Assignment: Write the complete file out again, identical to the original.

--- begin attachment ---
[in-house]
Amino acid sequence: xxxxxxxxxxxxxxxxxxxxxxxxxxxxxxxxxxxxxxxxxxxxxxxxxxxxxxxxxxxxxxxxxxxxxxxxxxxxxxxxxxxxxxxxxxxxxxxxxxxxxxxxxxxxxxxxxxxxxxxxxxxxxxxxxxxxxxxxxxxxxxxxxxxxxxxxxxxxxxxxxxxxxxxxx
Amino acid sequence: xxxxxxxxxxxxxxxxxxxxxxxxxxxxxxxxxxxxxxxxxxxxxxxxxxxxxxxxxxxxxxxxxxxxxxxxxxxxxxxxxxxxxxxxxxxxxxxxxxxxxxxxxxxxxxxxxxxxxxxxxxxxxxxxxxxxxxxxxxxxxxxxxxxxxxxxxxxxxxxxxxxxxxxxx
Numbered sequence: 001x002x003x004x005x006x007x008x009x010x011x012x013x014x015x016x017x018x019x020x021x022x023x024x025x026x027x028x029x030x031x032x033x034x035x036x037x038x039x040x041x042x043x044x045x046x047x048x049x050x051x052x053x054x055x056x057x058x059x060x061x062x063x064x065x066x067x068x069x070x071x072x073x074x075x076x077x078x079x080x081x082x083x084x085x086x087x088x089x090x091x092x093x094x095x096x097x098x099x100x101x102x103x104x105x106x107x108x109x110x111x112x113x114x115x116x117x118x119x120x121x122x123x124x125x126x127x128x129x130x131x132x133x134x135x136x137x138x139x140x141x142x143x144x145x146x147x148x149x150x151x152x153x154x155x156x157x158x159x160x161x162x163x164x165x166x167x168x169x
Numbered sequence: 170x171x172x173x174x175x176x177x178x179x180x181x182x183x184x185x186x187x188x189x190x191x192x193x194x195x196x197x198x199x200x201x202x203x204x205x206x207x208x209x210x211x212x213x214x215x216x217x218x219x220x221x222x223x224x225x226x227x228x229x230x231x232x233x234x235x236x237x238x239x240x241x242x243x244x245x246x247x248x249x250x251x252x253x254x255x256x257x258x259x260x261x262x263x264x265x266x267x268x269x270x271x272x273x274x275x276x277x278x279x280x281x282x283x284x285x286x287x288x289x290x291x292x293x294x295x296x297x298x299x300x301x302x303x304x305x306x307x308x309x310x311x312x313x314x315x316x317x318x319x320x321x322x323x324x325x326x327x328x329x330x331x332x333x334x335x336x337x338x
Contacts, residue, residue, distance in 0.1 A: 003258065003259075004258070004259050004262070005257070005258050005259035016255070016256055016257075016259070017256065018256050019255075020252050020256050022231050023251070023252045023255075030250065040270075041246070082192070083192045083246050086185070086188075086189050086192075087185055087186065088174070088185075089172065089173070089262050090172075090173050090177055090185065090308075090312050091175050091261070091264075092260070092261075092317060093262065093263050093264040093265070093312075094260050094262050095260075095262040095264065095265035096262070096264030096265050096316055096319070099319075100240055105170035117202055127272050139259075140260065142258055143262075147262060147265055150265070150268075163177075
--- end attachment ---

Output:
[in-house]
Amino acid sequence: xxxxxxxxxxxxxxxxxxxxxxxxxxxxxxxxxxxxxxxxxxxxxxxxxxxxxxxxxxxxxxxxxxxxxxxxxxxxxxxxxxxxxxxxxxxxxxxxxxxxxxxxxxxxxxxxxxxxxxxxxxxxxxxxxxxxxxxxxxxxxxxxxxxxxxxxxxxxxxxxxxxxxxxxx
Amino acid sequence: xxxxxxxxxxxxxxxxxxxxxxxxxxxxxxxxxxxxxxxxxxxxxxxxxxxxxxxxxxxxxxxxxxxxxxxxxxxxxxxxxxxxxxxxxxxxxxxxxxxxxxxxxxxxxxxxxxxxxxxxxxxxxxxxxxxxxxxxxxxxxxxxxxxxxxxxxxxxxxxxxxxxxxxxx
Numbered sequence: 001x002x003x004x005x006x007x008x009x010x011x012x013x014x015x016x017x018x019x020x021x022x023x024x025x026x027x028x029x030x031x032x033x034x035x036x037x038x039x040x041x042x043x044x045x046x047x048x049x050x051x052x053x054x055x056x057x058x059x060x061x062x063x064x065x066x067x068x069x070x071x072x073x074x075x076x077x078x079x080x081x082x083x084x085x086x087x088x089x090x091x092x093x094x095x096x097x098x099x100x101x102x103x104x105x106x107x108x109x110x111x112x113x114x115x116x117x118x119x120x121x122x123x124x125x126x127x128x129x130x131x132x133x134x135x136x137x138x139x140x141x142x143x144x145x146x147x148x149x150x151x152x153x154x155x156x157x158x159x160x161x162x163x164x165x166x167x168x169x
Numbered sequence: 170x171x172x173x174x175x176x177x178x179x180x181x182x183x184x185x186x187x188x189x190x191x192x193x194x195x196x197x198x199x200x201x202x203x204x205x206x207x208x209x210x211x212x213x214x215x216x217x218x219x220x221x222x223x224x225x226x227x228x229x230x231x232x233x234x235x236x237x238x239x240x241x242x243x244x245x246x247x248x249x250x251x252x253x254x255x256x257x258x259x260x261x262x263x264x265x266x267x268x269x270x271x272x273x274x275x276x277x278x279x280x281x282x283x284x285x286x287x288x289x290x291x292x293x294x295x296x297x298x299x300x301x302x303x304x305x306x307x308x309x310x311x312x313x314x315x316x317x318x319x320x321x322x323x324x325x326x327x328x329x330x331x332x333x334x335x336x337x338x
Contacts, residue, residue, distance in 0.1 A: 003258065003259075004258070004259050004262070005257070005258050005259035016255070016256055016257075016259070017256065018256050019255075020252050020256050022231050023251070023252045023255075030250065040270075041246070082192070083192045083246050086185070086188075086189050086192075087185055087186065088174070088185075089172065089173070089262050090172075090173050090177055090185065090308075090312050091175050091261070091264075092260070092261075092317060093262065093263050093264040093265070093312075094260050094262050095260075095262040095264065095265035096262070096264030096265050096316055096319070099319075100240055105170035117202055127272050139259075140260065142258055143262075147262060147265055150265070150268075163177075